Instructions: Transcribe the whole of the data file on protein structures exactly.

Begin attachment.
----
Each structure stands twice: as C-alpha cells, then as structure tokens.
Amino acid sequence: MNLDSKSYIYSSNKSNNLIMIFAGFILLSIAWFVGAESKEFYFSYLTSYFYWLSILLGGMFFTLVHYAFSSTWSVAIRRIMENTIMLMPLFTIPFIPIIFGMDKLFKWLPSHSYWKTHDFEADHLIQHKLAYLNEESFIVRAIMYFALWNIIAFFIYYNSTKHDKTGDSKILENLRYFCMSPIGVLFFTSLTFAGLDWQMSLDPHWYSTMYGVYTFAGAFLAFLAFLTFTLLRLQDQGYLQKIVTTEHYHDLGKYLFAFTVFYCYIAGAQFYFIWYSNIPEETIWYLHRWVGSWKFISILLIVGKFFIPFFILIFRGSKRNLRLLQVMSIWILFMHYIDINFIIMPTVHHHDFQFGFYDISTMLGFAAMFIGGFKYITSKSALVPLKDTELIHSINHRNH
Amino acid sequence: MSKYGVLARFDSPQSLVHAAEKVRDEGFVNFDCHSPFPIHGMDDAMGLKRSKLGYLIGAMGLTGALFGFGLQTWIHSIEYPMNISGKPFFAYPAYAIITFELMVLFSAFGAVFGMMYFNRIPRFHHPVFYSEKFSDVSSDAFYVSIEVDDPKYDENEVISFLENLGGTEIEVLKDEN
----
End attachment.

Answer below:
Each structure stands twice: as C-alpha cells, then as structure tokens.
Amino acid sequence: MNLDSKSYIYSSNKSNNLIMIFAGFILLSIAWFVGAESKEFYFSYLTSYFYWLSILLGGMFFTLVHYAFSSTWSVAIRRIMENTIMLMPLFTIPFIPIIFGMDKLFKWLPSHSYWKTHDFEADHLIQHKLAYLNEESFIVRAIMYFALWNIIAFFIYYNSTKHDKTGDSKILENLRYFCMSPIGVLFFTSLTFAGLDWQMSLDPHWYSTMYGVYTFAGAFLAFLAFLTFTLLRLQDQGYLQKIVTTEHYHDLGKYLFAFTVFYCYIAGAQFYFIWYSNIPEETIWYLHRWVGSWKFISILLIVGKFFIPFFILIFRGSKRNLRLLQVMSIWILFMHYIDINFIIMPTVHHHDFQFGFYDISTMLGFAAMFIGGFKYITSKSALVPLKDTELIHSINHRNH
Amino acid sequence: MSKYGVLARFDSPQSLVHAAEKVRDEGFVNFDCHSPFPIHGMDDAMGLKRSKLGYLIGAMGLTGALFGFGLQTWIHSIEYPMNISGKPFFAYPAYAIITFELMVLFSAFGAVFGMMYFNRIPRFHHPVFYSEKFSDVSSDAFYVSIEVDDPKYDENEVISFLENLGGTEIEVLKDEN